Jen Vincent at Teach Mentor Texts and Kellee Moye and Ricki Ginsburg at Unleashing Readers cohost It's Monday! What are You Reading? weekly on their blogs. To see what others are reading and recommending each Monday, or to participate, be sure to head over to these blogs.
Even though I haven't been blogging as much as usual, I've been doing a lot of reading and writing. I had the pleasure of working with Renée Watson through the Solstice Low-Residency MFA in Creative Writing Program, and I purchased two of her books. What Momma Left Me by Renée Watson is the story of a middle-grade girl with family secrets and family challenges. Even though the subject matter is intense and emotional, the voice of the main character shines through with insights, reflections, humor, and important realizations about people and life. Upper elementary students will both relate to and learn from Serenity, the eighth-grade narrator.
I read This Side of Home by Renée Watson in less than 24 hours, and it's not short. I started it with a pen in hand to make notes on the craft and structure, but the story was too good. I'll read it again for craft analysis, but I needed to just be in the world of Maya, her family, and her friends. While this book deals with important cultural, economical, and political issues with important historical references woven into the text, it also has a tight and engaging storyline about growing up in a changing demographic. There is nothing R-rated in this book, but most elementary students won't understand the references to high school life.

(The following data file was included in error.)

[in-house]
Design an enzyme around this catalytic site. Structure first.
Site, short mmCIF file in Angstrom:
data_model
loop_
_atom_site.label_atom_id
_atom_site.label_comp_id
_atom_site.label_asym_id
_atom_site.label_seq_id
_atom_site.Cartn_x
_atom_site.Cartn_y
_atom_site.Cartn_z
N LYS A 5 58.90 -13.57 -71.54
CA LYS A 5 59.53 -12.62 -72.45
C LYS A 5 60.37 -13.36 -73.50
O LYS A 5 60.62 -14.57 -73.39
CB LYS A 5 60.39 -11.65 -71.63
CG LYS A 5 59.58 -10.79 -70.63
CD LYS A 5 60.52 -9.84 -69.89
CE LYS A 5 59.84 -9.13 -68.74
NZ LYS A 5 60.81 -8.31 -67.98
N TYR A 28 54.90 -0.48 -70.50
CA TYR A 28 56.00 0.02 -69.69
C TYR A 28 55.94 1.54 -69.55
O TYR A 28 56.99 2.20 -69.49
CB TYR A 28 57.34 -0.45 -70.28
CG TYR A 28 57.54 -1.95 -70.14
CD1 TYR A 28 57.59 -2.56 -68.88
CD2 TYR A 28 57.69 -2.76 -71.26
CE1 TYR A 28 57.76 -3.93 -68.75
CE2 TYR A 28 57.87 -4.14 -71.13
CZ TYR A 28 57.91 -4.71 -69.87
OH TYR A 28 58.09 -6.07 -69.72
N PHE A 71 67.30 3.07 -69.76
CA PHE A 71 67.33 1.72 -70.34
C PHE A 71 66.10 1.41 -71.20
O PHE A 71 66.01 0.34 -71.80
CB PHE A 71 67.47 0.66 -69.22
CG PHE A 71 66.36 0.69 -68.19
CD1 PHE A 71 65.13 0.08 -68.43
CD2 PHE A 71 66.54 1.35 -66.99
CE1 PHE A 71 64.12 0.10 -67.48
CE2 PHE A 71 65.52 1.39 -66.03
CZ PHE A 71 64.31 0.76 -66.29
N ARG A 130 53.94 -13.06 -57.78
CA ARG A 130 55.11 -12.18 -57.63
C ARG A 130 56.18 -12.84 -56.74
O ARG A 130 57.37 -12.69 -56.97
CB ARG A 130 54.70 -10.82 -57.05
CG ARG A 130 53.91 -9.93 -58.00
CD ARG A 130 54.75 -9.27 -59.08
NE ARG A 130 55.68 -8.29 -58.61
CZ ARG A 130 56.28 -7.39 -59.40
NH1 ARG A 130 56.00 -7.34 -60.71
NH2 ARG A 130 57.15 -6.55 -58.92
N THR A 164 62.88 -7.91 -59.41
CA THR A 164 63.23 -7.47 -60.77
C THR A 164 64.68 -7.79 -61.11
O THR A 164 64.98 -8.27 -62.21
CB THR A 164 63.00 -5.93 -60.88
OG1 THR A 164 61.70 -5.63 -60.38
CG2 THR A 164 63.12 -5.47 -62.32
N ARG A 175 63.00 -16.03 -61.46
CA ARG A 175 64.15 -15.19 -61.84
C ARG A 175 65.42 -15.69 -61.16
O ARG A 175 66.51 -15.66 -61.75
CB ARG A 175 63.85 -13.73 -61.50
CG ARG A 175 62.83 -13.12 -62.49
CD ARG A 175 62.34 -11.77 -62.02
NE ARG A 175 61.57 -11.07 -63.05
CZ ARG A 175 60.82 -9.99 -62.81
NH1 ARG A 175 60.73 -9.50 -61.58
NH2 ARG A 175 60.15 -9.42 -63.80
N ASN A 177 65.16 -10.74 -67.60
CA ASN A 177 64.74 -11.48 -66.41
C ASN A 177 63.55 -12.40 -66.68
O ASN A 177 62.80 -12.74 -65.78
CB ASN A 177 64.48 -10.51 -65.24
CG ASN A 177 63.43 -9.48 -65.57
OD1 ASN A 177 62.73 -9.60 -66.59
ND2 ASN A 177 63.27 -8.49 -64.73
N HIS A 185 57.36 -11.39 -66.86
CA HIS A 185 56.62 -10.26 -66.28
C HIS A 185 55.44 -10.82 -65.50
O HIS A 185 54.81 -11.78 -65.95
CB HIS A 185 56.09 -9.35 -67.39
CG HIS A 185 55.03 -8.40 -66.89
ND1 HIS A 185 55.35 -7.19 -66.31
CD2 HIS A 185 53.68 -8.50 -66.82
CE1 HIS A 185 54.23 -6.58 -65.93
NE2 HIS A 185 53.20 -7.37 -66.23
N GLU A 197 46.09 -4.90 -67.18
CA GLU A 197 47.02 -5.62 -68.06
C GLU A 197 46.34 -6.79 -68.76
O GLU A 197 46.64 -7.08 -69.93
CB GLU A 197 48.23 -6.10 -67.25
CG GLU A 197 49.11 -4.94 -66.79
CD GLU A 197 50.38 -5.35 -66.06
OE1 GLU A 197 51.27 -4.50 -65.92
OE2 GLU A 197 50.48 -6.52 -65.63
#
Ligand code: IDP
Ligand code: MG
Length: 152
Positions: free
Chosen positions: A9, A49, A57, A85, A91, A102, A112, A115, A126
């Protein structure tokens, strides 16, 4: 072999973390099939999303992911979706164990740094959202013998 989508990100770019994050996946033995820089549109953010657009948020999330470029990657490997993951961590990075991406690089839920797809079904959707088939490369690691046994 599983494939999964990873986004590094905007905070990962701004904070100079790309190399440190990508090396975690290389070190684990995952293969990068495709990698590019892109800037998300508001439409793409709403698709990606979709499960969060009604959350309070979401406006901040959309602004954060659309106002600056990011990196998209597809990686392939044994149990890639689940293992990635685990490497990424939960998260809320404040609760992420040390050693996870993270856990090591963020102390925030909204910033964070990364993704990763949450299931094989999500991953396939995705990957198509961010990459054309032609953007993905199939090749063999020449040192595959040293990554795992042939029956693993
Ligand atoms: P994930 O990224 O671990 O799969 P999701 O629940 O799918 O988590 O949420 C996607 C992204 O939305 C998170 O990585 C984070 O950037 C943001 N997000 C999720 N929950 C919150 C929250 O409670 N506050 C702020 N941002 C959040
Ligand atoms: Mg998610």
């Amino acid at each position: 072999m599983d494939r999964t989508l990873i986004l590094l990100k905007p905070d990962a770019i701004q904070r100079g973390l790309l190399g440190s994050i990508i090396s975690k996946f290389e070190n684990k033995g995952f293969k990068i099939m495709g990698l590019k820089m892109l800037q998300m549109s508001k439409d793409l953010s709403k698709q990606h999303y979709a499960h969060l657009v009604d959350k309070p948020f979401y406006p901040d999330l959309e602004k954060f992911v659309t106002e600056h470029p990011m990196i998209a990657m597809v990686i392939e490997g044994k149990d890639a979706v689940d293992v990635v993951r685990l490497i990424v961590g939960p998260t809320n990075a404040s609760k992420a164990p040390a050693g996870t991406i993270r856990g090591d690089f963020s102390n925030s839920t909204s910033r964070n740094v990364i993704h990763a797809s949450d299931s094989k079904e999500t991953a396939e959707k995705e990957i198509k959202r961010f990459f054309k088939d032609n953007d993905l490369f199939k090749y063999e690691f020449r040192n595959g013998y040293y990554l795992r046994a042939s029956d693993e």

Meg Kearney is the director of Solstice, so I also purchased one of her books, The Girl in the Mirror, the second of a trilogy. Told through journal entries and poems, this book would be a perfect mentor text for poetry forms and the power of telling stories through different genres. The narrator is a high school senior and a poet, and a tragic event defines her senior year of high school.
Trouper by Meg Kearney is a not-to-be-missed picture book about a three-legged dog who needs a home. E.B. Lewis's pictures are beautiful, and the story is all about hope, friendship, and what really matters in life.